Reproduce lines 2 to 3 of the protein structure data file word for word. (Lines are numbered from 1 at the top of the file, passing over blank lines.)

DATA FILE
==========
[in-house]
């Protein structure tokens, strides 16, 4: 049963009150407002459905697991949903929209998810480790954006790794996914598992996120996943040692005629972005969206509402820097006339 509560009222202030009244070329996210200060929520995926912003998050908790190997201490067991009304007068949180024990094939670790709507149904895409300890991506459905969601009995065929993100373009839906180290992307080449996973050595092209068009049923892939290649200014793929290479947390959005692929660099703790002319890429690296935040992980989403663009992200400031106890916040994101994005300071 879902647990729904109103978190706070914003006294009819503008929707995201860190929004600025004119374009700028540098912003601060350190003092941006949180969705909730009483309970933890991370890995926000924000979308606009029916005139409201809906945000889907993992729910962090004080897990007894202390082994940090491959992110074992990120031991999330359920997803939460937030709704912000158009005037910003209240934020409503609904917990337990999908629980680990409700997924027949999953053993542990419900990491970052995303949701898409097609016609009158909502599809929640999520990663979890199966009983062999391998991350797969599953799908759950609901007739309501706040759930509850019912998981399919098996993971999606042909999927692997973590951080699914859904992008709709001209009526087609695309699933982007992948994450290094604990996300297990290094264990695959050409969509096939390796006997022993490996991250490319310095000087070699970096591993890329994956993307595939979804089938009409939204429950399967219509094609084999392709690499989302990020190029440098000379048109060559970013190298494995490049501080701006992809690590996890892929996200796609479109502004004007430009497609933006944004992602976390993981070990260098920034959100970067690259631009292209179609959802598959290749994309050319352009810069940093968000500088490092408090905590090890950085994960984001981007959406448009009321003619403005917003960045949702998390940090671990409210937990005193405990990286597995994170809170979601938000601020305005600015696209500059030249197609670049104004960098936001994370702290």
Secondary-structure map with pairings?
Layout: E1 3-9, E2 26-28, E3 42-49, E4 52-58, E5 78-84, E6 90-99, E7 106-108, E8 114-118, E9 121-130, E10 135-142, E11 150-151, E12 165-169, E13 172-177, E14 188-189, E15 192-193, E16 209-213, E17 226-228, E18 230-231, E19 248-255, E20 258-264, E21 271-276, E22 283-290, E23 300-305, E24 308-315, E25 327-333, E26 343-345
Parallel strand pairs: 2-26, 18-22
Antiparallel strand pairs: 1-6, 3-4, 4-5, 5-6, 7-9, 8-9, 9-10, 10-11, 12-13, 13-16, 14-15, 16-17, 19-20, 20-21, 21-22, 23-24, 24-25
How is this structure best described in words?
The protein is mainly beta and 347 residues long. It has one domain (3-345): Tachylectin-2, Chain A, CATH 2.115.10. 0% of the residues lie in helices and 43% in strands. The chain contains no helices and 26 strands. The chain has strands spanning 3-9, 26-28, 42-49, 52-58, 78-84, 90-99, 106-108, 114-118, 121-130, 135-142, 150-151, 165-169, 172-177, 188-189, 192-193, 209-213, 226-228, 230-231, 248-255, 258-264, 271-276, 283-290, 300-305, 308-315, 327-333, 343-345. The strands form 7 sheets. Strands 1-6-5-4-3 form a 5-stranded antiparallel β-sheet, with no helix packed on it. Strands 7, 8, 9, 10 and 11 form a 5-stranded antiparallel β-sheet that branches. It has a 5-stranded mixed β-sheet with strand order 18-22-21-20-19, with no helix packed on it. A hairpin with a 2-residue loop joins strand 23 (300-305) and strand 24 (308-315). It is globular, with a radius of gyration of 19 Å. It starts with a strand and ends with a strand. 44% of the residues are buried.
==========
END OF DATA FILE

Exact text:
């Protein structure tokens, strides 16, 4: 049963009150407002459905697991949903929209998810480790954006790794996914598992996120996943040692005629972005969206509402820097006339 509560009222202030009244070329996210200060929520995926912003998050908790190997201490067991009304007068949180024990094939670790709507149904895409300890991506459905969601009995065929993100373009839906180290992307080449996973050595092209068009049923892939290649200014793929290479947390959005692929660099703790002319890429690296935040992980989403663009992200400031106890916040994101994005300071 879902647990729904109103978190706070914003006294009819503008929707995201860190929004600025004119374009700028540098912003601060350190003092941006949180969705909730009483309970933890991370890995926000924000979308606009029916005139409201809906945000889907993992729910962090004080897990007894202390082994940090491959992110074992990120031991999330359920997803939460937030709704912000158009005037910003209240934020409503609904917990337990999908629980680990409700997924027949999953053993542990419900990491970052995303949701898409097609016609009158909502599809929640999520990663979890199966009983062999391998991350797969599953799908759950609901007739309501706040759930509850019912998981399919098996993971999606042909999927692997973590951080699914859904992008709709001209009526087609695309699933982007992948994450290094604990996300297990290094264990695959050409969509096939390796006997022993490996991250490319310095000087070699970096591993890329994956993307595939979804089938009409939204429950399967219509094609084999392709690499989302990020190029440098000379048109060559970013190298494995490049501080701006992809690590996890892929996200796609479109502004004007430009497609933006944004992602976390993981070990260098920034959100970067690259631009292209179609959802598959290749994309050319352009810069940093968000500088490092408090905590090890950085994960984001981007959406448009009321003619403005917003960045949702998390940090671990409210937990005193405990990286597995994170809170979601938000601020305005600015696209500059030249197609670049104004960098936001994370702290």
Secondary-structure map with pairings?